I was speaking with the President of a marketing and photography company and she asked “what do you do?” “Asfalis provides protection and peace of mind for our customers to enhance security and awareness in crisis and emergency situations” was my response. I could see her wheels spinning as she tried to figure out what that meant, which is typical. “I develop customized resilience solutions to add to your bottom line, enhance the customer experience and reduce regulatory and reputational impacts for companies.” I saw the light bulb go up, signaling her ah ha moment. Her response was, “Isn’t that what insurance is for?”

The International Glossary for Resilience defines insurance as a contract to finance the cost of risk. As a person with a lot of luck who has experienced a phone dropped in a bucket of water, a car totaled due to a tornado, and a house struck by lightning in a hurricane, I enjoy speaking with people about the differences of what insurance offers and the investment of a resilience program.

In many cases, the premiums we’ve paid for insurance coverages do not cover the total cost of the risk. So many people are left with paying the difference to cover the risk, and figuring out how to get their businesses back to normal or the “new normal.”

So why is resilience, the ability of an organization to resist being affected by an event or the ability to return to an acceptable level of performance in an acceptable period of time, worth the investment? Let me take you through a quick scenario. Let’s say you work in a new apartment building and one day the roof collapses in the 5 story building. That’s a crisis for that business, so how do you manage it?

The top priority for the company is life safety. Notify the 1st responders; evacuate tenants, visitors, vendors, and pets to a safe location; identify anyone that could be missing; communicate clear and concise information with victims and families; establish a staged location for family members to assemble who may have effected loved ones; and the list continues.

Once people are safe, there’s a transition that takes place from emergency response to business continuity. As you think about continuing business, it’s more of a long-term approach. Things to consider in this scenario are: how long will the residents and employees be out of the building? In the interim, where will the tenants live? Who will pay for it? Can the employees work from home? If not, is there an alternate work location?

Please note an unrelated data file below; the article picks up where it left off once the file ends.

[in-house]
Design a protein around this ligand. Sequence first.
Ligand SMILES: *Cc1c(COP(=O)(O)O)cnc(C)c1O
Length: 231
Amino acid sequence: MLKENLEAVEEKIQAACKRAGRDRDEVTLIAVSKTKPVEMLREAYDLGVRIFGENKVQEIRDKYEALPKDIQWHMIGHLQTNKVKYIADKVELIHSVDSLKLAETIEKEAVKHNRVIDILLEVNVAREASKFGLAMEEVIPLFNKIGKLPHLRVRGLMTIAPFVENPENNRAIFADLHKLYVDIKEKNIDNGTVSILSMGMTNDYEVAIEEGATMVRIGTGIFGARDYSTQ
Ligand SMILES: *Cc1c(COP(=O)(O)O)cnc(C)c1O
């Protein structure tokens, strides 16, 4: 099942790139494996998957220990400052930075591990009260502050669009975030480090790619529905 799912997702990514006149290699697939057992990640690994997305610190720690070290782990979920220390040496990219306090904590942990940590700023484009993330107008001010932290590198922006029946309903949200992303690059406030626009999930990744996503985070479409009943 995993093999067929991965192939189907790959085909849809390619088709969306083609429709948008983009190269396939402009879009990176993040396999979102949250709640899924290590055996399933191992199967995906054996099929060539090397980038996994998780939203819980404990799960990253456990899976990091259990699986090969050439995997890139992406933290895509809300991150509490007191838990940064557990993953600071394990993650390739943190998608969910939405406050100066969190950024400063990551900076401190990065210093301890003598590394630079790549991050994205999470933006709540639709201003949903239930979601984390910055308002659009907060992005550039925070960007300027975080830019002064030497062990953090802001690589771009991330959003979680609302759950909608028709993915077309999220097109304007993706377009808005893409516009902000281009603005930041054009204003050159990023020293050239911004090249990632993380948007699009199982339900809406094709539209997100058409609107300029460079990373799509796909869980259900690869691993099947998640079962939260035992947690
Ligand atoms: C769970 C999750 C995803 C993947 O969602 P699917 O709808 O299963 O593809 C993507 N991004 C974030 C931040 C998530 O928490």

So why is resilience worth the investment? I will answer the question with a question. What is your company’s reputation and ability to operate worth? Every business leader has to manage risks, whether it’s maintaining your competitive advantage, ensuring stakeholder confidence, or minimizing risks in the supply chain. A strategic business resilience investment is needed for companies to survive in today’s times where active shooters, natural disaster’s and globalization are increasing threats to people and communities.

The way to build a resilient organization is to analyze business risks, and develop cross-functional strategies to mitigate and/or lessen the impact of those risks. While insurance companies provide some resources to help cover the cost of risks, resilience programs provide a proven methodology for company leaders to respond in a timely manner with the goal of avoiding or minimizing damage to the organization’s profitability, reputation, and ability to operate.

For more information on how to build or enhance your organizations resilience program, contact us.

Vanessa S. Vaughn is the President and CEO of Asfalis. Prior to founding Asfalis, she worked with fortune 500 brands, Lowe’s Companies and Gulfstream Aerospace Corporation, and implemented resilience programs for $50B organizations, impacting over 15 million customers. Her expertise is in equipping executive leadership teams with a strategic response to global risks, to enhance profitability, and maintain an organization’s reputation. Her diverse career includes crisis management and business continuity implementations in London, Brazil, Mexico and 15 domestic locations in aviation, manufacturing and retail environments.